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Med Sci Sports Exerc. 2001 Nov;33(11):1855-61.

The aftereffects of dynamic exercise on ambulatory blood pressure.

Author information

  • 1School of Allied Health, University of Connecticut, Storrs, CT 06269-2101, USA. pescatel@uconnvm.uconn.edu

Abstract

PURPOSE:

Despite the widespread belief that endurance exercise lowers blood pressure (BP), reports of the lack of such an effect are common when using ambulatory blood pressure (ABP) monitoring. This review examined the influence of dynamic exercise on ABP to elucidate possible reasons for conflicting reports.

METHODS:

Criteria for inclusion were dynamic exercise studies that involved ABP determinations after exercise. A total of 23 studies containing 34 groups of which 12 were normotensive and 22 hypertensive met these criteria. The groups primarily consisted of unmedicated, sedentary, overweight, non-Hispanic white men and women with a mean +/- SEM age of 43.9 +/- 1.5 yr.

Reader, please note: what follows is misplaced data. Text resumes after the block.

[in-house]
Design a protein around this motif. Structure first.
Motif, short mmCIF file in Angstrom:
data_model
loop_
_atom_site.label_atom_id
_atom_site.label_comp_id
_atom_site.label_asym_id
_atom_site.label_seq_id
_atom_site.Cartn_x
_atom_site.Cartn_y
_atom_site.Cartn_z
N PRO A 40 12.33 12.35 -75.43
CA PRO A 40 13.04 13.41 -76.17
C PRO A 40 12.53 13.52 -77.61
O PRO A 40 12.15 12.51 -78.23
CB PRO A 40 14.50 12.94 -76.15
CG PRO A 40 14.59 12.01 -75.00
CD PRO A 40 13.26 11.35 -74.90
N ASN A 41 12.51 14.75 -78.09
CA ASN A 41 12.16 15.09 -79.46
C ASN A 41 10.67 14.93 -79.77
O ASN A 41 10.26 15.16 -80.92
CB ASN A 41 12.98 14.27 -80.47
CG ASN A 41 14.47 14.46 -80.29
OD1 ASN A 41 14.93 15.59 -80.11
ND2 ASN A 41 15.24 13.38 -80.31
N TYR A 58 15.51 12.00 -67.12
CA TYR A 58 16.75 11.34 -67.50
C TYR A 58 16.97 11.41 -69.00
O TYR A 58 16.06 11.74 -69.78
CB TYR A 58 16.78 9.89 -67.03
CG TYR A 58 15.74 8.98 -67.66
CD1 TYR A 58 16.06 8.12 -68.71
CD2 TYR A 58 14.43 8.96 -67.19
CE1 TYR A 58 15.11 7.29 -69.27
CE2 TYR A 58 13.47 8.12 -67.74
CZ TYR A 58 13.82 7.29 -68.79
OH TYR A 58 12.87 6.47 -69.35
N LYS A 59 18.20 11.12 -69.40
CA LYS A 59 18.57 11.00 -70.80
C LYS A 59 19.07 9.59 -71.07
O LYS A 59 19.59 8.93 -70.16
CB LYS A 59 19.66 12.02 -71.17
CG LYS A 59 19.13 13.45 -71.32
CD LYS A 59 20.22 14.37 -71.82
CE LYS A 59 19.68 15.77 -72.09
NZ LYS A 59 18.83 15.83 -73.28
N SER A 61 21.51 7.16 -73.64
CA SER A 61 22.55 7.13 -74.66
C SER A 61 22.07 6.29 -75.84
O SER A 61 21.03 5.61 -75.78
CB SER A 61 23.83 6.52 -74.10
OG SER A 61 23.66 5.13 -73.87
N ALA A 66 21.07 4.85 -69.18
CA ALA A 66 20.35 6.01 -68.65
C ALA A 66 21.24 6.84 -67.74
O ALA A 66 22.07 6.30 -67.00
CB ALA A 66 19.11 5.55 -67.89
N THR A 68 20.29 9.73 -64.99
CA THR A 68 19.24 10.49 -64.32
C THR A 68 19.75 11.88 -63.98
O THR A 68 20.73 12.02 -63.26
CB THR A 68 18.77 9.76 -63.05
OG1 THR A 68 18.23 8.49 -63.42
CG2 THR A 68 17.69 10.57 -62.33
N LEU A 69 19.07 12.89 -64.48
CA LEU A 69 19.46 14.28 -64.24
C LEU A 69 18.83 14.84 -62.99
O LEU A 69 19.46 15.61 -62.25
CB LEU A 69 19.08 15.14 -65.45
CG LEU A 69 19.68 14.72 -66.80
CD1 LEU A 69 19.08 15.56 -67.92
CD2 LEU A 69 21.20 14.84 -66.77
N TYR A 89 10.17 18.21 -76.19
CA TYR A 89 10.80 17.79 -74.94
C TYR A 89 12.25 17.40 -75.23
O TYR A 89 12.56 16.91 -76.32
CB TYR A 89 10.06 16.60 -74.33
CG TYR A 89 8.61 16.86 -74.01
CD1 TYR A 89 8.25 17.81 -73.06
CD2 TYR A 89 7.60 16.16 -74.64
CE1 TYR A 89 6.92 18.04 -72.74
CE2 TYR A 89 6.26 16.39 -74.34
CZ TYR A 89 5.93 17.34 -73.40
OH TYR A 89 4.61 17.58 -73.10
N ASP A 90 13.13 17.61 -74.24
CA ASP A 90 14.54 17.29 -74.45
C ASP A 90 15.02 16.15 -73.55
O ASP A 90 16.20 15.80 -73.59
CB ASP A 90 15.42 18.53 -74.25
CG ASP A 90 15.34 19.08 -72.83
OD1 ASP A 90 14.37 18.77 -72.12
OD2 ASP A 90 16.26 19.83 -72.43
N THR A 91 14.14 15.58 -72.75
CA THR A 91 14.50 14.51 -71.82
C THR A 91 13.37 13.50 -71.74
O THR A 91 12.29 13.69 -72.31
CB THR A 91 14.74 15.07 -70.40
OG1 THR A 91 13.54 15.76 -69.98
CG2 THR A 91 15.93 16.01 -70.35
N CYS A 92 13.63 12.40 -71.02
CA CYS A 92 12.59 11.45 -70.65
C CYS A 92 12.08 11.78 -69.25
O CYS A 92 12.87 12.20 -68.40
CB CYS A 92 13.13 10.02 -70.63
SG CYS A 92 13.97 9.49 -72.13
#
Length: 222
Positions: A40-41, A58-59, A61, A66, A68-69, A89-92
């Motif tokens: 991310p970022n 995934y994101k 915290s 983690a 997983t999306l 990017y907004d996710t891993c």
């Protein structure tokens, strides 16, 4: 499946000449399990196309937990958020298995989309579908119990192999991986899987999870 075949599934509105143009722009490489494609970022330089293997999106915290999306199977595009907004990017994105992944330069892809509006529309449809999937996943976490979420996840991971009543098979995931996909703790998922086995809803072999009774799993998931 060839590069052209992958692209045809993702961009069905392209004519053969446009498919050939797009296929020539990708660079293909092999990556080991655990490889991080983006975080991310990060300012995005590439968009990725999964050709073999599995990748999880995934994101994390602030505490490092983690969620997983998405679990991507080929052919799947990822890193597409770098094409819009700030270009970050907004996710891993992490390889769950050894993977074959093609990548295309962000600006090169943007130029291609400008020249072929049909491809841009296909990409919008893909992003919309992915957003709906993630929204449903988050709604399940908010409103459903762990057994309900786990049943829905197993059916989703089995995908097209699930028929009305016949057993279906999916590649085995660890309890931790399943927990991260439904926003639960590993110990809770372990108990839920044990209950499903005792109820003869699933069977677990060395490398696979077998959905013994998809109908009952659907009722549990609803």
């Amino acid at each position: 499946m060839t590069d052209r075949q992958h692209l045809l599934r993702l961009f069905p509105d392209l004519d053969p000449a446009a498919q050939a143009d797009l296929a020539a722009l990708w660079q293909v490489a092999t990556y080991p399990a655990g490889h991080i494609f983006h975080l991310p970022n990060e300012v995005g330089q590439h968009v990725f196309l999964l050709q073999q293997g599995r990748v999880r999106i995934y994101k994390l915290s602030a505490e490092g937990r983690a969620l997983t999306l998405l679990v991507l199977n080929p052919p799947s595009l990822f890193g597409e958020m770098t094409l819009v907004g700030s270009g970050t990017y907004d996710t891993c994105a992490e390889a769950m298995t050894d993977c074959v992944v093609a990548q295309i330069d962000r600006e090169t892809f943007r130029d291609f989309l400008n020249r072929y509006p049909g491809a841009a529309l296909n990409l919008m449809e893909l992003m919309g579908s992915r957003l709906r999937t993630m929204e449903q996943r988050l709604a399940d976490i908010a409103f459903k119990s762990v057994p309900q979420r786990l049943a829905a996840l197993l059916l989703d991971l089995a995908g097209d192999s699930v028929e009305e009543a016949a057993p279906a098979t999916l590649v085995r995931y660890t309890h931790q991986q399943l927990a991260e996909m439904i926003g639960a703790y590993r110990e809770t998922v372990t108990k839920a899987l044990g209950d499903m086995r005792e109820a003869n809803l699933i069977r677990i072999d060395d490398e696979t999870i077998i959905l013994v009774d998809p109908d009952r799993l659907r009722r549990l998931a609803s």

RESULTS:

Baseline mean day systolic BP (SBP) was 137.3 +/- 2.1 mm Hg (95% confidence limits) (133.0, 141.5) and diastolic BP (DBP) was 86.7 +/- 1.5 mm Hg (83.7, 89.7). After exercise, day SBP (N = 34) was reduced an average of 3.2 +/- 1.0 (-5.2, -1.2) (P = 0.003) and DBP by 1.6 +/- 0.6 mm Hg (-2.9, -0.4) (P = 0.013); night SBP (N = 20) by 3.4 +/- 1.0 (-5.6, -1.2) (P = 0.005) and DBP by 3.0 +/- 1.4 mm Hg (-5.6, -0.4) (P = 0.025); and 24-h SBP (N = 17) by 3.2 +/- 0.8 (-4.9, -1.6) (P = 0.001) and DBP by 1.8 +/- 0.5 mm Hg (-2.9, -0.7) (P = 0.003). After detection of outlying cases using regression diagnostics, initial SBP accounted for 30% (P = 0.001) and 26% (P = 0.018) of the variance in the change in day and night SBP after exercise, respectively. Similarly, initial DBP explained 37% (P = 0.000) and 33% (P = 0.005) of the difference in day and night DBP after exercise.

CONCLUSION:

The ABP difference after exercise is a function of initial values such that groups with the highest baseline BP experience the greatest postexercise ABP reductions. The ABP dynamic exercise studies raise important methodological considerations that should be attended to in future work.

PMID:
11689735
[PubMed - indexed for MEDLINE]
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